There is a fun and tasty way to support the Yarmouth Education Foundation! Oysters grown by Yarmouth students are now available for sale.
YEF funded a hugely successful school and community partnership known as the Yarmouth Shellfish Nursery. It is led by 7th grade teacher and Rowe/YES parent Morgan Cuthbert. One piece of this project had students working with a local oyster farmer to research and test the best places to grow oysters in Casco Bay. Students raised oyster seeds in the YEF Shellfish Nursery on the banks of the Royal River. From there, students transplanted them into the ocean. The oysters are now full grown and ready for sale!
Thank you to Mr. Cuthbert, Madeleine Point Oyster Farms, and all of the students and volunteers who worked so hard on this project. The oysters can now be purchased through a partnership with the Maine Oyster Company.
Learn more and place your order here: https://themaineoystercompany.com/share/yarmouth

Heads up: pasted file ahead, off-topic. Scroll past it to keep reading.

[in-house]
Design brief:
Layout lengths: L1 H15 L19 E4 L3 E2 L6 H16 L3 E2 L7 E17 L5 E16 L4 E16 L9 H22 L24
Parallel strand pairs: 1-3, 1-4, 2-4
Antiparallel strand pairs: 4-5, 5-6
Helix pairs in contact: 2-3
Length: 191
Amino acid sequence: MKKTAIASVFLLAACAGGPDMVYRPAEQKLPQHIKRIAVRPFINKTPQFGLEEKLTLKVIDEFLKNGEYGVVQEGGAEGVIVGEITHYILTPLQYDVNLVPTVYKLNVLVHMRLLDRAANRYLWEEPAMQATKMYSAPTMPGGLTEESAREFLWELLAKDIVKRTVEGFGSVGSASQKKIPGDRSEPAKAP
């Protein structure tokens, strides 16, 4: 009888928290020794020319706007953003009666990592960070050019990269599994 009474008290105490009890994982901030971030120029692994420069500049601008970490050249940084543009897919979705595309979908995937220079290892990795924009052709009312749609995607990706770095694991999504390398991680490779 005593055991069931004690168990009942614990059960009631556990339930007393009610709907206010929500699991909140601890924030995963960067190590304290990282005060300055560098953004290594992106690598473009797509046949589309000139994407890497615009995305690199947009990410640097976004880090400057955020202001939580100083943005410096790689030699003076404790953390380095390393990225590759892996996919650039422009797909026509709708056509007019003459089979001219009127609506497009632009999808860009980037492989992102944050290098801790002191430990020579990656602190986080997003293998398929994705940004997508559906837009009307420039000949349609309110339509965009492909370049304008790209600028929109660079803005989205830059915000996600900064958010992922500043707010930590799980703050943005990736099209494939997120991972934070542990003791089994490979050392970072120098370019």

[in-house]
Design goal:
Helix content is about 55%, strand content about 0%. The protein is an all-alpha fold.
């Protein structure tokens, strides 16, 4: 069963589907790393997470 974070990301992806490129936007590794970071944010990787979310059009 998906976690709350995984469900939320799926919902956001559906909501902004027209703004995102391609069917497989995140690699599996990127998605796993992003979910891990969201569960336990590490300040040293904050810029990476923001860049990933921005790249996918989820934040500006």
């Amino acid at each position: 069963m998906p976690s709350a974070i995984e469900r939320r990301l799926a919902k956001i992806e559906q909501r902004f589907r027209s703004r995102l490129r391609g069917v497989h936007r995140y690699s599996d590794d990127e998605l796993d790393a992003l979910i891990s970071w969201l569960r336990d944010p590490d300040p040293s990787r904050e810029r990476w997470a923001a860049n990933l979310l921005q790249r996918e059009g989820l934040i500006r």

Summer Math Information form Mrs. Clark
As the K-4 Math Lead Teacher, I want to make you aware of several excellent opportunities to keep your children engaged in math throughout the summer. Parents often ask me how to keep mathematics alive during the summer months to maintain skills. This year, I have decided to create a K-4 Math Grit Grid to emphasize perseverance and choice. I hope your children find fresh opportunities for practice and growth. As always, feel free to explore my Family Math Blog (http://rclarkmath.blogspot.com/) and check out my all-time favorite sites:
K-4 Math Family Blog: Offering a plethora of engaging math games and activities with every learner in mind. You'll find puzzles, math fact practice, estimation games, meaty problem-solving opportunities, as well as random (and challenging) test practice samples.
I encourage students to take advantage of these math activities to keep their skills
Thank you for your support in our effort to keep the learning purposeful for students.
With warm regards,
K-4 Math Lead Teacher
Summer Reading Suggestions
We hope that you will continue to enjoy great books together over the summer months. Reading aloud to your child is critical regardless of whether she/he can read well on their own. It not only models fluent adult reading but is also a great way for your child to enjoy texts that are of high interest and that he/she may not be able to read independently yet. Sharing and enjoying books together is a wonderful summer pastime. Below is a list of suggestions to keep reading alive in your home after school ends.